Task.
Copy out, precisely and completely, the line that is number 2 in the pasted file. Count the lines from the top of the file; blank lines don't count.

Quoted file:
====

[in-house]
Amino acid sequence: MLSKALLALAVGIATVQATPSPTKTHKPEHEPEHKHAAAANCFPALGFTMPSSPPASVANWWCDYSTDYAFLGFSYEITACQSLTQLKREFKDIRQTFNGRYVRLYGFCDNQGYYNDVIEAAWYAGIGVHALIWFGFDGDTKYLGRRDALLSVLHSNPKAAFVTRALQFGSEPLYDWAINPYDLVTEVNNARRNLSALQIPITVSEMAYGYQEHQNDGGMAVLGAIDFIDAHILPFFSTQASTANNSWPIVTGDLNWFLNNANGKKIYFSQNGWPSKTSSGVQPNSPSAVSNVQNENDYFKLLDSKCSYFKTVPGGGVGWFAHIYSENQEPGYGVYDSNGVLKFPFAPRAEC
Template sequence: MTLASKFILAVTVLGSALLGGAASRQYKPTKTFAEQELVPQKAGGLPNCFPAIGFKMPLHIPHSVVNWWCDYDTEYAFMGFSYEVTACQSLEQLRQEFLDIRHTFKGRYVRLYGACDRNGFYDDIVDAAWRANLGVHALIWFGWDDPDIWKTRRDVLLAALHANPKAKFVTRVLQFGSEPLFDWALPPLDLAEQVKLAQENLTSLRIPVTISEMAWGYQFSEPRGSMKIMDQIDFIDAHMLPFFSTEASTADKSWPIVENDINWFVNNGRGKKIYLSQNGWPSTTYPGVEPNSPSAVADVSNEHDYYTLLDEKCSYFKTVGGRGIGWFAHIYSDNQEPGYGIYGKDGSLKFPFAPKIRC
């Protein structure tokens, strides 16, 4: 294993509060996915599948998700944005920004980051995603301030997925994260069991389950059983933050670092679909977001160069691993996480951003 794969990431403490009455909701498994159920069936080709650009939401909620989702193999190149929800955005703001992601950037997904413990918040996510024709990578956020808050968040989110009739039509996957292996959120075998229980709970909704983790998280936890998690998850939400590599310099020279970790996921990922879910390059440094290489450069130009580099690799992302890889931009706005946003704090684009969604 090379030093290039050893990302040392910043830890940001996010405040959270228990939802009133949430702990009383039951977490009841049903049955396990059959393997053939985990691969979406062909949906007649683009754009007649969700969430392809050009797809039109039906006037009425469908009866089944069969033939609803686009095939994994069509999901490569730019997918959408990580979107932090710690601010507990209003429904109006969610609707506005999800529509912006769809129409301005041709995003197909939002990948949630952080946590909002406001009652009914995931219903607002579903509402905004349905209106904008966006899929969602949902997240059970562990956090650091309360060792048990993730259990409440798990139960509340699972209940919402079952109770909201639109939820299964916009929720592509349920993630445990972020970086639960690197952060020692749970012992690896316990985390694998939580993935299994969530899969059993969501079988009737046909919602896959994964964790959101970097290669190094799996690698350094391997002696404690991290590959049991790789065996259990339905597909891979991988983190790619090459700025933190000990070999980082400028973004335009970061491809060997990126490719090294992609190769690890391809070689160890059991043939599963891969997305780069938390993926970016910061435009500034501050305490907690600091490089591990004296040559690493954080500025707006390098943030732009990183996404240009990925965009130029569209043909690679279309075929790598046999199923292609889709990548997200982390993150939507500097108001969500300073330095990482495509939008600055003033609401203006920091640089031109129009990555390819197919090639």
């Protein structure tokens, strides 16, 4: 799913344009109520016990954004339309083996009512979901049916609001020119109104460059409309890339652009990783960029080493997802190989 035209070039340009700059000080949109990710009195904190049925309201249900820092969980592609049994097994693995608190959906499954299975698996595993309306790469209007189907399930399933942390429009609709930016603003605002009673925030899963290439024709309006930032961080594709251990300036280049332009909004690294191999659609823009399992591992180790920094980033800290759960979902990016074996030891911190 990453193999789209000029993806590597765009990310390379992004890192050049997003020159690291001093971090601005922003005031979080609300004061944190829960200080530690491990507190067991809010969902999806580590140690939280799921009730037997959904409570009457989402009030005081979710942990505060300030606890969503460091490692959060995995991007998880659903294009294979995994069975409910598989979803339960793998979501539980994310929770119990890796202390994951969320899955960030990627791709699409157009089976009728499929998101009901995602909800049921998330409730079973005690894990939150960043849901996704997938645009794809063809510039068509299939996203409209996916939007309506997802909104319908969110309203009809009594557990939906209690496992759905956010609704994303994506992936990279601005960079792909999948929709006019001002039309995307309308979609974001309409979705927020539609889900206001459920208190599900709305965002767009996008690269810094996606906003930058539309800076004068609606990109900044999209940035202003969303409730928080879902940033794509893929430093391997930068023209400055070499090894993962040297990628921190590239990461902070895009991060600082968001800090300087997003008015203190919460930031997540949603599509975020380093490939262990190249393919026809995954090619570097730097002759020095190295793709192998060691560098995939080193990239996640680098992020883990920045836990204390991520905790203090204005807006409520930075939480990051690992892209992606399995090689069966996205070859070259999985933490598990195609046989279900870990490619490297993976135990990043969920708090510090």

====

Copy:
Amino acid sequence: MLSKALLALAVGIATVQATPSPTKTHKPEHEPEHKHAAAANCFPALGFTMPSSPPASVANWWCDYSTDYAFLGFSYEITACQSLTQLKREFKDIRQTFNGRYVRLYGFCDNQGYYNDVIEAAWYAGIGVHALIWFGFDGDTKYLGRRDALLSVLHSNPKAAFVTRALQFGSEPLYDWAINPYDLVTEVNNARRNLSALQIPITVSEMAYGYQEHQNDGGMAVLGAIDFIDAHILPFFSTQASTANNSWPIVTGDLNWFLNNANGKKIYFSQNGWPSKTSSGVQPNSPSAVSNVQNENDYFKLLDSKCSYFKTVPGGGVGWFAHIYSENQEPGYGVYDSNGVLKFPFAPRAEC